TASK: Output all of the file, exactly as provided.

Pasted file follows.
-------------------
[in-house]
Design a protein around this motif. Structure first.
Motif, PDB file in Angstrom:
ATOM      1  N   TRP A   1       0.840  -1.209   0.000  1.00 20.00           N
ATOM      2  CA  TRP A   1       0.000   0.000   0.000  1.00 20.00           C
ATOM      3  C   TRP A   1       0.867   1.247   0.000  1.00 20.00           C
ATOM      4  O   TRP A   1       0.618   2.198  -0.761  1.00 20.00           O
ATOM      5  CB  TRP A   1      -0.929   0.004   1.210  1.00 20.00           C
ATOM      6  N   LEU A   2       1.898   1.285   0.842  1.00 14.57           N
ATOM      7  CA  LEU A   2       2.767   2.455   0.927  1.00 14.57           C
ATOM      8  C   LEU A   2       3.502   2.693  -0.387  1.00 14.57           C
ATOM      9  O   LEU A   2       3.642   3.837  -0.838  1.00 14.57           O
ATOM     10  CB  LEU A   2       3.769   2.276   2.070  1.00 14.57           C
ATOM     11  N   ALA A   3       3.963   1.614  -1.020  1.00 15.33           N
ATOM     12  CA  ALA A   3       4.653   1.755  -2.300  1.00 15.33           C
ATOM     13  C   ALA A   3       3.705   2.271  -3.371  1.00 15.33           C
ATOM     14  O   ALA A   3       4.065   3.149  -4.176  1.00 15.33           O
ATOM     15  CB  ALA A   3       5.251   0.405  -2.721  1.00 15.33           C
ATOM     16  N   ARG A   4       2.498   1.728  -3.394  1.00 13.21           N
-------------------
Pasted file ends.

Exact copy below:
[in-house]
Design a protein around this motif. Structure first.
Motif, PDB file in Angstrom:
ATOM      1  N   TRP A   1       0.840  -1.209   0.000  1.00 20.00           N
ATOM      2  CA  TRP A   1       0.000   0.000   0.000  1.00 20.00           C
ATOM      3  C   TRP A   1       0.867   1.247   0.000  1.00 20.00           C
ATOM      4  O   TRP A   1       0.618   2.198  -0.761  1.00 20.00           O
ATOM      5  CB  TRP A   1      -0.929   0.004   1.210  1.00 20.00           C
ATOM      6  N   LEU A   2       1.898   1.285   0.842  1.00 14.57           N
ATOM      7  CA  LEU A   2       2.767   2.455   0.927  1.00 14.57           C
ATOM      8  C   LEU A   2       3.502   2.693  -0.387  1.00 14.57           C
ATOM      9  O   LEU A   2       3.642   3.837  -0.838  1.00 14.57           O
ATOM     10  CB  LEU A   2       3.769   2.276   2.070  1.00 14.57           C
ATOM     11  N   ALA A   3       3.963   1.614  -1.020  1.00 15.33           N
ATOM     12  CA  ALA A   3       4.653   1.755  -2.300  1.00 15.33           C
ATOM     13  C   ALA A   3       3.705   2.271  -3.371  1.00 15.33           C
ATOM     14  O   ALA A   3       4.065   3.149  -4.176  1.00 15.33           O
ATOM     15  CB  ALA A   3       5.251   0.405  -2.721  1.00 15.33           C
ATOM     16  N   ARG A   4       2.498   1.728  -3.394  1.00 13.21           N